After over a year, I have finally been able to go on another holiday in which to indulge in my passion of church and castle crawling. I haven’t spent much time in Suffolk before–it’s just a little too far–but there were some places I really wanted to visit, so off we went, braving a crazed… Continue reading Wars of the Roses Delights in Suffolk
Edward Balliol was crowned King of Scotland at Scone Palace, today in 1332. He, alongside Edward III, had won the Battle of Dupplin Moor and was able to supplant the eight year-old David II, although he was removed shortly later. He was also at the Battles of Halidon Hill and Neville’s Cross – the first… Continue reading A King under a Post Office?
Well, it has to be said that Leicester has benefited immensely from the discovery and burial of Richard III, and his supposed “murder” of the boys in the Tower. Of which he was NOT guilty. Anyway, maybe Perth can benefit too, because it has its own royal mystery. James I of Scotland died a very bloody, grubby… Continue reading Another royal murder mystery….!
When I watched this video, talking about the precise location of the high altar of the Abbey with respect to Henry I, the parallels with the search for Richard III in Leicester’s Greyfriars are almost exact: Neither should we forget Henry I’s Queen, Edith (Matilda) of Scotland, who reintroduced Anglo-Saxon royal (Wessex) blood to the… Continue reading More news from Reading
In the second century BC, in a Britain still filled with wild boar, beaver, lynx, bears and wolves, a group of people settled near to the River Soar. The descendants of Bronze Age peoples and Neolithic farmers, they built a series of huts on the east bank of the river, their settlement extending across some… Continue reading Ancient Ratae, City on the Soar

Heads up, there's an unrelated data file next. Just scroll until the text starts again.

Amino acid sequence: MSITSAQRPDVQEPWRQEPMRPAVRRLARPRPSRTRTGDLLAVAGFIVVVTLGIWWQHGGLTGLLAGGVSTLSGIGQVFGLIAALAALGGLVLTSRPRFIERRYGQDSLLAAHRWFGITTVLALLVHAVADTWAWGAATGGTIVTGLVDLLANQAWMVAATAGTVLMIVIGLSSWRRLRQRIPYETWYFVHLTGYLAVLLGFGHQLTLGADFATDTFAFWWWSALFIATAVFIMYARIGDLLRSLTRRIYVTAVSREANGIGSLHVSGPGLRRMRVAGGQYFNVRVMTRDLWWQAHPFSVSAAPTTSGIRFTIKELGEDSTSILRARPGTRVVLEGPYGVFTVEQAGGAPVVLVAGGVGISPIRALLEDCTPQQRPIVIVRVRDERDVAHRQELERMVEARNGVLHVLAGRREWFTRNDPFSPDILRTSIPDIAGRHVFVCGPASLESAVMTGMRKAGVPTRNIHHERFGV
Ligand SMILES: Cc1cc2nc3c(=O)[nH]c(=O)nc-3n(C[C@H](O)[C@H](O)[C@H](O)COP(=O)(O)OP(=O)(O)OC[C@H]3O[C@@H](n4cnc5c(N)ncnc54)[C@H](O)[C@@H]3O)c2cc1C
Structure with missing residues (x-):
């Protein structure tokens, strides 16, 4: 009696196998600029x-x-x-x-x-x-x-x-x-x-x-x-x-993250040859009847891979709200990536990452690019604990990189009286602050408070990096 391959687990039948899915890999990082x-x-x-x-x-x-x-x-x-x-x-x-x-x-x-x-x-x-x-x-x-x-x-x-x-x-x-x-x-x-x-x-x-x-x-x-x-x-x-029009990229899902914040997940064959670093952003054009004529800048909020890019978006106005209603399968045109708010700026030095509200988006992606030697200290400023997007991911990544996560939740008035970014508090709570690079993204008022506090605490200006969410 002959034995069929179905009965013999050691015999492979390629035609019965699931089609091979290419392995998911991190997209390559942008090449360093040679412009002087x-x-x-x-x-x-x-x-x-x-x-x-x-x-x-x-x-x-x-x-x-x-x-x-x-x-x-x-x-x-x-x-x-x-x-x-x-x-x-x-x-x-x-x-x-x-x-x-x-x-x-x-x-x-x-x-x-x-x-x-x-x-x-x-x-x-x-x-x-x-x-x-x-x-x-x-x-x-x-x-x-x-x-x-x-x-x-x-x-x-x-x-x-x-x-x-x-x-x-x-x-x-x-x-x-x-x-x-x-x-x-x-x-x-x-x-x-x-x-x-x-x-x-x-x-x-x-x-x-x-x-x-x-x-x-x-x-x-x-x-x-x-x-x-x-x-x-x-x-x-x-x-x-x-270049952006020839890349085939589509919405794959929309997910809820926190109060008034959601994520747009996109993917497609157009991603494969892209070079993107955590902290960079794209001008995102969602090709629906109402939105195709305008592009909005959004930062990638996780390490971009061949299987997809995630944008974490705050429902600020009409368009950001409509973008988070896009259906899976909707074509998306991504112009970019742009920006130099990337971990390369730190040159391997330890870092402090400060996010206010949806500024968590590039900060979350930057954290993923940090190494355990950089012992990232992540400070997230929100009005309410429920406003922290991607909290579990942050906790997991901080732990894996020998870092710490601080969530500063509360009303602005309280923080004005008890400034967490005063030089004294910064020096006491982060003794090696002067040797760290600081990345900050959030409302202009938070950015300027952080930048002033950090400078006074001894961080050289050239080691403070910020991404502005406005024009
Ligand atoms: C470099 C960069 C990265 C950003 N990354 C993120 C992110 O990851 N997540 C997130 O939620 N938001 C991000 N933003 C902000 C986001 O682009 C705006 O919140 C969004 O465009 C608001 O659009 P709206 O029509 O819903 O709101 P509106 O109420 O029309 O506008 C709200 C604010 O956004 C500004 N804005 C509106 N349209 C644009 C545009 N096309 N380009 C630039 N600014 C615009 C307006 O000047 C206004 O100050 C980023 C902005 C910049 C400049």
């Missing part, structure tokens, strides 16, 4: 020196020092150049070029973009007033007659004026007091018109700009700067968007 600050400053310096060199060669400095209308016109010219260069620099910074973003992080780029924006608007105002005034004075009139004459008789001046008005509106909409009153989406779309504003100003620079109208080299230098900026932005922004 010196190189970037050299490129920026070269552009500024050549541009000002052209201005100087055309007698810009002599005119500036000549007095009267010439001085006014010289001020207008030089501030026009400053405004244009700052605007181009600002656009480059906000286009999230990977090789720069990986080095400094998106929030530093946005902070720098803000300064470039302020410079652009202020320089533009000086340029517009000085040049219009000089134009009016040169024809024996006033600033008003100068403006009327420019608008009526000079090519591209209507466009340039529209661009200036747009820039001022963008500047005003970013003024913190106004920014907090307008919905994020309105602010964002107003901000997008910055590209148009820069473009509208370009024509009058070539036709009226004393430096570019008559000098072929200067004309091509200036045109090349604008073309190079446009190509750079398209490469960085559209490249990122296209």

It is always interesting to find out how Richard’s discovery and reinterment, and the effect upon Leicester, is viewed from afar. In this case, Lahore. Mind you, I’m not sure Leicester will appreciate being situated “in the North of London”!
Although Richard was found in Leicester five years ago, exactly where he was buried, and Henry I is close to being identified in Reading, Kingfinding is not always successful. As this blog shows, the 1965 excavation of the Faversham Abbey site to find King Stephen was unsuccessful. It seems that his bones really were moved… Continue reading The elusive last Norman
Here’s how Kent County Council describes the two important Ricardian books. https://erl.overdrive.com/media/1389033 Richard III:A Small Guide to the Great Debate by Annette Carson “Ever since the discovery of his lost grave in Leicester, the eyes of the world have been drawn to the twists and turns surrounding England’s King Richard III… Annette Carson, acclaimed author… Continue reading Descriptions of two important Ricardian books….
Once upon a time, in Northampton, there was a horrid, huge, concrete bus station known locally as the ‘Mouth of Hell.’ It was, to the relief of many, destroyed earlier this year. Now there are proposals for a new series of shops, cinemas and even a trampolining centre on the site. While that is an… Continue reading NORTHAMPTON GREYFRIARS IN THE NEWS
On the bottom left is the Buttermarket Centre, formerly the home of the Whitefriars or Carmelites. There were Greyfriars (Franciscans, whose name survives near Princes Street) and Blackfriars (Dominicans, based near St. Mary’s Quay). The mid-“Tudor” Christchurch Mansion, on the bottom right, is on the site of the Holy Trinity Priory. Whether this was newly… Continue reading The Friaries and Priories of Ipswich